Paulson's approach worked, Steil says, because it didn't allow the banks any alternative but to take the money. Europe's banks, on the other hand, have until June 2012 to adjust their capital ratios.

"They should have done it right away on Oct. 26 and not waited nine months," says Karel Lannoo, head of the financial markets unit at the Center for European Policy Studies in Brussels. "In the meantime, the damage will be done."

Why Germany needs the euro

Another policy mistake Lannoo cites is the statement by Mario Draghi, the new president of the European Central Bank, that the ECB would not be a lender of last resort to foundering countries like Italy.

"This was the biggest stupidity you could have," Lannoo says. It sent a message to the markets that the ECB would buy some Italian bonds on the open market, but only a limited amount. Bankers concluded that they should sell immediately before the ECB changed its mind, triggering a stampede to the exits.

The ECB is currently split politically over whether to continue buying sovereign debt of struggling European nations in order to keep interest rates at reasonable levels.

The Germans, in particular, are against it. Jens Weidmann, the president of the German central bank, said the ECB can't lend to sovereign governments because it would violate the treaty establishing the European Union. "I cannot see how you can ensure the stability off a monetary union by violating its legal provisions," Weidmann told the Financial Times.

Lannoo also faults the European Banking Authority for continuing to assign zero risk weight to sovereign bonds, even though everyone knows countries like Greece and Portugal can't pay their debts and the banks will not get fully repaid. Under the European rules, if a bank owns a government bond from Europe, it doesn't have to hold capital against it. So many banks loaded up on their own country's debt.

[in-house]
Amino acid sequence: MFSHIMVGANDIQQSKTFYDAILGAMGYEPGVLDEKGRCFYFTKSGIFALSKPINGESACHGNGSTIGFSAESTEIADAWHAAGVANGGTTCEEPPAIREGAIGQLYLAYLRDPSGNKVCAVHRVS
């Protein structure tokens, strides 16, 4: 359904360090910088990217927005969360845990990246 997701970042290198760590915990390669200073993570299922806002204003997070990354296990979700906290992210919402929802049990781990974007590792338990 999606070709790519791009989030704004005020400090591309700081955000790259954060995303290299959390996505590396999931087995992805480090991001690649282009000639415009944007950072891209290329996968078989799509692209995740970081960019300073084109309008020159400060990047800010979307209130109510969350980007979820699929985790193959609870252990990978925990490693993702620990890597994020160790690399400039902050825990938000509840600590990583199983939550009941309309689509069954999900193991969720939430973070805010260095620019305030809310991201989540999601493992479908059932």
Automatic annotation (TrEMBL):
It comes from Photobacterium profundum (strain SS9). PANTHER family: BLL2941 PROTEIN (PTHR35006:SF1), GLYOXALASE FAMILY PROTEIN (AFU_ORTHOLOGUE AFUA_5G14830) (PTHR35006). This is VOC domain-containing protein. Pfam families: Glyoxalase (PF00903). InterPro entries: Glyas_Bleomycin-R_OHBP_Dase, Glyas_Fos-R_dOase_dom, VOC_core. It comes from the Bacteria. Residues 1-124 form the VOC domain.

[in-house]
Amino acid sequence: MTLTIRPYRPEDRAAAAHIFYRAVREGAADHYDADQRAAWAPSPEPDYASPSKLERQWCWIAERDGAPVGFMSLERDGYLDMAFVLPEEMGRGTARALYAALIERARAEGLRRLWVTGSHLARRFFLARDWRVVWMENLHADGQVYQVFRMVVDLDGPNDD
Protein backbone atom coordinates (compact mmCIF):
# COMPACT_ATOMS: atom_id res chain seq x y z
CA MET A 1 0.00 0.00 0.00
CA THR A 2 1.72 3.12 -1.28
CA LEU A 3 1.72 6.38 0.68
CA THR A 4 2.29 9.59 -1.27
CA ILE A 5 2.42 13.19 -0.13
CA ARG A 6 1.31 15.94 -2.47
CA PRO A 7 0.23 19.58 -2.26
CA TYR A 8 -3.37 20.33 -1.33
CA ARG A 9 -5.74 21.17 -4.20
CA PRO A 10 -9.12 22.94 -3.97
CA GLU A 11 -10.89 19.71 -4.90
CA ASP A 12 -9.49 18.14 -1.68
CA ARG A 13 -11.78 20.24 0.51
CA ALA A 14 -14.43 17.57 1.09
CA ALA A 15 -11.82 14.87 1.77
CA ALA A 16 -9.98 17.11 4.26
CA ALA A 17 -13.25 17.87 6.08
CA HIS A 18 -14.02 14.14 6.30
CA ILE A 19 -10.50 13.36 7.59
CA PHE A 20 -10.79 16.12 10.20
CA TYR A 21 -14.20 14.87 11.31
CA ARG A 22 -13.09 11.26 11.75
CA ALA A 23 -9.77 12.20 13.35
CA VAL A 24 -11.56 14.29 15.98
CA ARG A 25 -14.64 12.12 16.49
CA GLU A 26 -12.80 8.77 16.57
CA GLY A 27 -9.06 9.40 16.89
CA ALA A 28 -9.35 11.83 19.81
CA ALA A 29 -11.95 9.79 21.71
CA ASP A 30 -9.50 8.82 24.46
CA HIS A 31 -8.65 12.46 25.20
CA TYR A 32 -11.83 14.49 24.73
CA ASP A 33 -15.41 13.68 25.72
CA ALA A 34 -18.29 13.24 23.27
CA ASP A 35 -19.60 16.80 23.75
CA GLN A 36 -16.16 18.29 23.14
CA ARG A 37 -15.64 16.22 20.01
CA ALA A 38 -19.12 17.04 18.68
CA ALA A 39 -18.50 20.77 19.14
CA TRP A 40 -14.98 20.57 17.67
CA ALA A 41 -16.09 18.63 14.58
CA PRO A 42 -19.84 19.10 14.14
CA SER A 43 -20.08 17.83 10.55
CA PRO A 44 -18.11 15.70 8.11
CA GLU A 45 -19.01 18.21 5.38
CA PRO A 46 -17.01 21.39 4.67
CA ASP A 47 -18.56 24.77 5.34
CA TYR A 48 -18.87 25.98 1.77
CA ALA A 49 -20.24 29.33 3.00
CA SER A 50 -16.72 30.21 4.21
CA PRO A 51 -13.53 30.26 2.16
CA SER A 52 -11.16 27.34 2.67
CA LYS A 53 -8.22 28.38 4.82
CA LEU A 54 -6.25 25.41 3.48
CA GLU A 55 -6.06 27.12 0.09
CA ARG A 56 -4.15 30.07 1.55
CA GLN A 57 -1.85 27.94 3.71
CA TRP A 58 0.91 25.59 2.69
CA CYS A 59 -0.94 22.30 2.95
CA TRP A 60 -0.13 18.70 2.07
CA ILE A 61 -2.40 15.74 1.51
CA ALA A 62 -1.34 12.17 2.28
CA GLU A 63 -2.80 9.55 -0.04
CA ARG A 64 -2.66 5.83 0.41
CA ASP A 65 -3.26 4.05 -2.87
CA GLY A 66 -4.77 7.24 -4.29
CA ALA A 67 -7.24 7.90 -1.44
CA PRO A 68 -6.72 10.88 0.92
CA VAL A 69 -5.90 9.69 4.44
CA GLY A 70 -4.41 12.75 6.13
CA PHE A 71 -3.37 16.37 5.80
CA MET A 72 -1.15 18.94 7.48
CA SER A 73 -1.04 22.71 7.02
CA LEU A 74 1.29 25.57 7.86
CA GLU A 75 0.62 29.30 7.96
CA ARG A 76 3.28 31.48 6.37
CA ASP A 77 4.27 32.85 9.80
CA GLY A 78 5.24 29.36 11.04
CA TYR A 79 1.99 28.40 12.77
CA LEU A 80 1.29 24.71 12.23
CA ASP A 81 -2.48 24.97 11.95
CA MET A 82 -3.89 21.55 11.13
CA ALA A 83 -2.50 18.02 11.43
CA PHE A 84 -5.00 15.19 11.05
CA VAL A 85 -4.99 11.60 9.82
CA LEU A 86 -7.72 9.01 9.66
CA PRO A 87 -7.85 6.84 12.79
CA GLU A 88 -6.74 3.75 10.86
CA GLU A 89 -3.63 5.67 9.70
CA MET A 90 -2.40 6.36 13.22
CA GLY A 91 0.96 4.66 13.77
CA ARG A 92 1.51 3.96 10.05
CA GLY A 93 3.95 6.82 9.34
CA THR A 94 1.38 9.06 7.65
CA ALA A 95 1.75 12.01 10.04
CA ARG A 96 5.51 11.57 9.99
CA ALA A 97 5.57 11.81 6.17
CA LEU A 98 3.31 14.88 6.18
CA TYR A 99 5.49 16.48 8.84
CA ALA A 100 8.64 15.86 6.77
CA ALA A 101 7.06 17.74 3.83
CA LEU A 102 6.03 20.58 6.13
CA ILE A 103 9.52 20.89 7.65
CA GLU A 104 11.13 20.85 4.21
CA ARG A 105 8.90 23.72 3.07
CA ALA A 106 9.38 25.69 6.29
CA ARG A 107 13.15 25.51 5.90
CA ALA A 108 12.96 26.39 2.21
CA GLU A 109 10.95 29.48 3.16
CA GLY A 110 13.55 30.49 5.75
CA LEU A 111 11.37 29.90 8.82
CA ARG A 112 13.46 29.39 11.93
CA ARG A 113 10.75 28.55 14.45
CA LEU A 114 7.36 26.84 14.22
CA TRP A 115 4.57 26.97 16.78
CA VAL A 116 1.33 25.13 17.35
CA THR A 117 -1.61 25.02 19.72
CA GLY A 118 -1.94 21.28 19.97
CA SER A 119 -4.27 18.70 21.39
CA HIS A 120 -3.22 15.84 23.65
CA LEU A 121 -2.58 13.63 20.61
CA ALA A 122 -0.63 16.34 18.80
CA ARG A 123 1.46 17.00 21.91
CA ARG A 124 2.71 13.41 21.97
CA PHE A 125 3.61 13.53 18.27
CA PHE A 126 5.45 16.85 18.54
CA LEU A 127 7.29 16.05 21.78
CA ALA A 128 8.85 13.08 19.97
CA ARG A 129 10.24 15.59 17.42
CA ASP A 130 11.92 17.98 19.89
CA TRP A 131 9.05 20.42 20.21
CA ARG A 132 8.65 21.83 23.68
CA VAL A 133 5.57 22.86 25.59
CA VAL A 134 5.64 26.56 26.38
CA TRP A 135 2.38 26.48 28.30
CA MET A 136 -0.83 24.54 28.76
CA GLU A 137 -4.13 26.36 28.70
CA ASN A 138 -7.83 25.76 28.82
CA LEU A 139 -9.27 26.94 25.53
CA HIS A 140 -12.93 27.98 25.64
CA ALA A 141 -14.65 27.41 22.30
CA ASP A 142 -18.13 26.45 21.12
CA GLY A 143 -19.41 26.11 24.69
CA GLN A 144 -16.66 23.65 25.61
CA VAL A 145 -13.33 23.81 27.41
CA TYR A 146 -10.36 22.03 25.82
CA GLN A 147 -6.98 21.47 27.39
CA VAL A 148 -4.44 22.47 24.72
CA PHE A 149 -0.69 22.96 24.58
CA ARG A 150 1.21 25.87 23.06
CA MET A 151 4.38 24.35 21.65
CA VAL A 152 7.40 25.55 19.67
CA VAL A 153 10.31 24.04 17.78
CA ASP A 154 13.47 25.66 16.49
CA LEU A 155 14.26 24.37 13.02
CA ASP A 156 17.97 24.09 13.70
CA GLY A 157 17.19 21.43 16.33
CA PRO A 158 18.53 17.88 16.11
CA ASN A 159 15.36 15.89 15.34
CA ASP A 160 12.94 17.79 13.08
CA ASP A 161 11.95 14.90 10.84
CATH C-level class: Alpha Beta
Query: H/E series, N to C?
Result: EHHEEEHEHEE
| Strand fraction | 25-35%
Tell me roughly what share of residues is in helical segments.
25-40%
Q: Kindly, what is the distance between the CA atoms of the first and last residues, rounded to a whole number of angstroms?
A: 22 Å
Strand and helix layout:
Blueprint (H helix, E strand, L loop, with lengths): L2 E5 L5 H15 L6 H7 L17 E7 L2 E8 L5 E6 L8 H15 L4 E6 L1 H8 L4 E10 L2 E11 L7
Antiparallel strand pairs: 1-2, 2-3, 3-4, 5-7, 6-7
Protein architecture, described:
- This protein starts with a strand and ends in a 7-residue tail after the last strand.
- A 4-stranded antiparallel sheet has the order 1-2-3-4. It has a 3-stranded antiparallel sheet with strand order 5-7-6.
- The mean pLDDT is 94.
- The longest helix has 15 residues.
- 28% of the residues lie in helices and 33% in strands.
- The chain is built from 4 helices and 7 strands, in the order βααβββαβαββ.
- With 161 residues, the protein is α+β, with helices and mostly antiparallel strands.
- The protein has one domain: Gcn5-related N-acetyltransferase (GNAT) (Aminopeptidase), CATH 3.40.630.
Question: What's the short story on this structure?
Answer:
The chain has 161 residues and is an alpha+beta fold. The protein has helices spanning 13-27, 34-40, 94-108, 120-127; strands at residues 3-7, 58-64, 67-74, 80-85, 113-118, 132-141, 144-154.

It's created a weird dichotomy in Europe: banks that gorged on sovereign debt, particularly in France and Germany, are considered the most creditworthy, while banks in Spain, which lent money to the private sector and thoughtfully diversified their business to Latin America, are considered risky, which forces them to raise the most capital. The most absurd example is Spanish bank Banco Santander, which most analysts consider one of the best-run banks in Europe. But under the new rules, Santander must raise $9 billion in new capital.

"They are just furious in Spain," Lannoo says. "If you want to encourage banks to lend to enterprise then you don't penalize them for having higher risk assets."

Nicolas Véron, senior fellow for financial regulation at Bruegel, a Bruseels-based think-tank, says the problem of recapitalizing the banks was exacerbated by the fact that many national governments were reluctant to inject cash into their banks because they lack funds.

"It's an impossible equation," Véron says. "Member states don't want to nationalize their banks, but the marketplace is not ready to provide huge capital infusions. Therefore the fallback position is deleveraging, which is clearly not great economically and may be actually very bad."

Véron says a European-wide fund is needed to recapitalize the banks, which should be offered some kind of asset swaps to bail them out. Otherwise, he says, the European crisis seems doomed to keep unraveling.